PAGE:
This will be a talk for the Mathematics Colloquium at Vassar College, November 10, 2015, tea at 4:00 pm, talk at 4:15 pm, Rockefeller Hall 310

**Abstract.** The Riemann rearrangement theorem asserts that a series $\sum_n a_n$ is absolutely convergent if and only if every rearrangement $\sum_n a_{p(n)}$ of it is convergent, and furthermore, any conditionally convergent series can be rearranged so as to converge to any desired extended real value. How many rearrangements $p$ suffice to test for absolute convergence in this way? The *rearrangement number*, a new cardinal characteristic of the continuum introduced just recently, is the smallest size of a family of permutations, such that whenever the convergence and value of a convergent series is invariant by all these permutations, then it is absolutely convergent. The exact value of the rearrangement number turns out to be independent of the axioms of set theory. In this talk, I shall place the rearrangement number into a discussion of cardinal characteristics of the continuum, including an elementary introduction to the continuum hypothesis and an account of Freiling’s axiom of symmetry.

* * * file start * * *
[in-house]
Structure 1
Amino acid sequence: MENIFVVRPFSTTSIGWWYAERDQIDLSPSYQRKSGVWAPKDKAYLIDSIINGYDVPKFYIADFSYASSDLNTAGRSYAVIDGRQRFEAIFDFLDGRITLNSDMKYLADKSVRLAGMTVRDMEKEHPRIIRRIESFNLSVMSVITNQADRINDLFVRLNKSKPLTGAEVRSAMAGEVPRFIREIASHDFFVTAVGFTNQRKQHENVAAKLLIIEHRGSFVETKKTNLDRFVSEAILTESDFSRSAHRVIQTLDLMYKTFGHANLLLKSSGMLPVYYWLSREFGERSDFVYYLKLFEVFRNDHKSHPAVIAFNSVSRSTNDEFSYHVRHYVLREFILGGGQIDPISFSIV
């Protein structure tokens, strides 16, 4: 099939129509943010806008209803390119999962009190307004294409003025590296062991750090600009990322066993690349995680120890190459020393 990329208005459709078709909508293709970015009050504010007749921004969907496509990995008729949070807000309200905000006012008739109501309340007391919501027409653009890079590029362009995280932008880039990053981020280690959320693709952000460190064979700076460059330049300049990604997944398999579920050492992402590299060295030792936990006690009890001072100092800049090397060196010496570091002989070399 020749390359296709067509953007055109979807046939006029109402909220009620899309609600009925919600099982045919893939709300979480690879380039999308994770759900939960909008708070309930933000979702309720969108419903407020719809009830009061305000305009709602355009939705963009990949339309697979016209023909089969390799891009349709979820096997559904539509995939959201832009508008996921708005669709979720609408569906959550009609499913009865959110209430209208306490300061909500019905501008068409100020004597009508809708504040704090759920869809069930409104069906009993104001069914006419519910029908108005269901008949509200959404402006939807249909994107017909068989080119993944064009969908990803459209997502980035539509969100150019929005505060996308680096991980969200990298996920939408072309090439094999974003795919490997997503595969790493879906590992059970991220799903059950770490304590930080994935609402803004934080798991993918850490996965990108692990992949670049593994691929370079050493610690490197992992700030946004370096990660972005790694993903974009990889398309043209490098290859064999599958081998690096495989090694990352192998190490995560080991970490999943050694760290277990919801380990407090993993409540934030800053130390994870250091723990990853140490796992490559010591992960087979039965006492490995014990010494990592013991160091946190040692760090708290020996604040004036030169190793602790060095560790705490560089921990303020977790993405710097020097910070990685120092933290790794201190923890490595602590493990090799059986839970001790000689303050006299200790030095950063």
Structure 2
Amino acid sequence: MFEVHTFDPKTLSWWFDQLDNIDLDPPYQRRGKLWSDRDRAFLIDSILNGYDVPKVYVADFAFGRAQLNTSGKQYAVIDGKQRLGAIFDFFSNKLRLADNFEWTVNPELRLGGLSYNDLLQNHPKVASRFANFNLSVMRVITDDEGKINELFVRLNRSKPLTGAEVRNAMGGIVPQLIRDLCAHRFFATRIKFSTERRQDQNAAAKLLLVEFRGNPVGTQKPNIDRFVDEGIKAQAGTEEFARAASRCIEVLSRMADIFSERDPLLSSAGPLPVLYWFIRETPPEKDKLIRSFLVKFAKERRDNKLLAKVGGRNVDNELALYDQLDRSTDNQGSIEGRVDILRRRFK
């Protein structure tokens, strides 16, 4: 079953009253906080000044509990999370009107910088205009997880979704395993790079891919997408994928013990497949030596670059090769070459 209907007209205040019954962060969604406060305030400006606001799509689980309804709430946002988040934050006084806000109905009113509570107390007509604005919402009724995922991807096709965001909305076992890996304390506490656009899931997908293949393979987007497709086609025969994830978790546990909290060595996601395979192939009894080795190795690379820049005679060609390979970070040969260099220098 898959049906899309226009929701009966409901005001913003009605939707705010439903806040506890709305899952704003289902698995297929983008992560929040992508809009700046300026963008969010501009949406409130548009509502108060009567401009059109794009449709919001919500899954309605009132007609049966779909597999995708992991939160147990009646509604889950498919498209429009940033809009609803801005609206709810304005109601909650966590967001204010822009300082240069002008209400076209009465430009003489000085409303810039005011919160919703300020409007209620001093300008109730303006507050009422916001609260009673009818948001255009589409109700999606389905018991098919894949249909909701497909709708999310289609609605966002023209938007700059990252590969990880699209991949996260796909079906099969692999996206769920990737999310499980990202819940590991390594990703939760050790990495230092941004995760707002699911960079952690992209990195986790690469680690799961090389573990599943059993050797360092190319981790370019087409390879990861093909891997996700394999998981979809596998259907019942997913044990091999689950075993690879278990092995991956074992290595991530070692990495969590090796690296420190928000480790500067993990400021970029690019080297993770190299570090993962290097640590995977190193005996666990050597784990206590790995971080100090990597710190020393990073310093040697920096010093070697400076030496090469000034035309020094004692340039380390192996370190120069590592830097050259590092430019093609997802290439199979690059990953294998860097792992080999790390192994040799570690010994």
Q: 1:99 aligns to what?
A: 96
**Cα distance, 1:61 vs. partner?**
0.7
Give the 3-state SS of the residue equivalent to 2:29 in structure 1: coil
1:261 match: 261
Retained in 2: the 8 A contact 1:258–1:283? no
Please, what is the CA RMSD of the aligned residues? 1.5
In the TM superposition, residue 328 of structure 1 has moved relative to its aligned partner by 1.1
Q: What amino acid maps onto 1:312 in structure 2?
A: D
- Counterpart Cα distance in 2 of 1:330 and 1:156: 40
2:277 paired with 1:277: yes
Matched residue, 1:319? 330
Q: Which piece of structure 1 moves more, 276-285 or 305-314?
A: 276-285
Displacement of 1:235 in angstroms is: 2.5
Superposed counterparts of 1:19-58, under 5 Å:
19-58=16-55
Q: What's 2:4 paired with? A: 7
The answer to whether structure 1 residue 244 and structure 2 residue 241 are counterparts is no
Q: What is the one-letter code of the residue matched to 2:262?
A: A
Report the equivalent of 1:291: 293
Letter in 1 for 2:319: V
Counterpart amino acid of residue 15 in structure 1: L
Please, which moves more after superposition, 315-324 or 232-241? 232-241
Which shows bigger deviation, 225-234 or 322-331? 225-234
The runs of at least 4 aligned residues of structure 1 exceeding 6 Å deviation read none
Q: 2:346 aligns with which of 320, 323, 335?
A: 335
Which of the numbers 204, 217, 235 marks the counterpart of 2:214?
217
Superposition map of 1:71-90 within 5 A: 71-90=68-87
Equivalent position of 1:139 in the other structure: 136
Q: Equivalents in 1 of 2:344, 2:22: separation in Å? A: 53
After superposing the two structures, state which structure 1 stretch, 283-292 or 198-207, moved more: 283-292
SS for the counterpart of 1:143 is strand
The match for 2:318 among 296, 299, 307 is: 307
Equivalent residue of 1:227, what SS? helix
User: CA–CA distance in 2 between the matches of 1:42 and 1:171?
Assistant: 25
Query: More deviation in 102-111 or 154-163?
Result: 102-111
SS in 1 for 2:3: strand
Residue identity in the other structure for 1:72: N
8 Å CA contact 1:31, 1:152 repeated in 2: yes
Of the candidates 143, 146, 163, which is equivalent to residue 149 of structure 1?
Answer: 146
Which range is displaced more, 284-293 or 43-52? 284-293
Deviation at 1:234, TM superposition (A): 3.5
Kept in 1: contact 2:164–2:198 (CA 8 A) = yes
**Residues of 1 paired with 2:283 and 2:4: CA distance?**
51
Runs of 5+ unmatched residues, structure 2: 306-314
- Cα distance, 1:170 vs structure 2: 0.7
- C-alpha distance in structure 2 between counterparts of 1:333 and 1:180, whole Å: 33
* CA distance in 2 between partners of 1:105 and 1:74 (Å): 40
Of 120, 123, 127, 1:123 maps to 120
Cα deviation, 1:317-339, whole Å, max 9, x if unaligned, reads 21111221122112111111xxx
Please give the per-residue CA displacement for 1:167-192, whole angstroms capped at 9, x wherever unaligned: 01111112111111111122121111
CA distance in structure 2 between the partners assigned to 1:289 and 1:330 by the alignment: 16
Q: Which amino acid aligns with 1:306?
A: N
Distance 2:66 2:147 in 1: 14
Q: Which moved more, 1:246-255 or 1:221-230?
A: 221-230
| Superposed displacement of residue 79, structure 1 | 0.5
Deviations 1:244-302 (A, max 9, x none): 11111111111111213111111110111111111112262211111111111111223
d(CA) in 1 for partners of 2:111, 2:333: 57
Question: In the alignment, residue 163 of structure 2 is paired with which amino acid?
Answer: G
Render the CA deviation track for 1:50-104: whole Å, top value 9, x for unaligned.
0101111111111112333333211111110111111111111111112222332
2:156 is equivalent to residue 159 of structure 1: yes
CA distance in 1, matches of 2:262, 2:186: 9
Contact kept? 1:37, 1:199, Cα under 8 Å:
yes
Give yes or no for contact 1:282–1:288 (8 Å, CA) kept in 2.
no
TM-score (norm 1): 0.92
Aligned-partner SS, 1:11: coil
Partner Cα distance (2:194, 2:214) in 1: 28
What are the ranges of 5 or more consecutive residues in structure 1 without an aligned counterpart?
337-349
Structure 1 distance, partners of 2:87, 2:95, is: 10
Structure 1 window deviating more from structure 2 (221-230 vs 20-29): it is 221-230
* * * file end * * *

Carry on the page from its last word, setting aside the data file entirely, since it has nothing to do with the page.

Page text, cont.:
This talk is based in part on current joint work with Andreas Blass, Will Brian, myself, Michael Hardy and Paul Larson.

My notes are available here:

I found a paper on internet entitled “Riemann Rearrangement Theorem for some types of convergence “(http://homepages.math.uic.edu/~kslutsky/papers/2n-sum-range.pdf). The authors investigate the RRT for different types of convergence. I think maybe this paper is interesting for you. In addition there is a question: How much your theorem depends on the nature of usual convergence on real line? More precisely can one derive your theorem from some assumptions on convergence type? Clearly RRT is one of the needed assumption!! I am waiting to see your published paper.

Thanks for the comment and link! (For some reason, your link didn’t work, but this one did: http://homepages.math.uic.edu/~kslutsky/papers/2n-sum-range.pdf, even though they look the same to me at first glance.)

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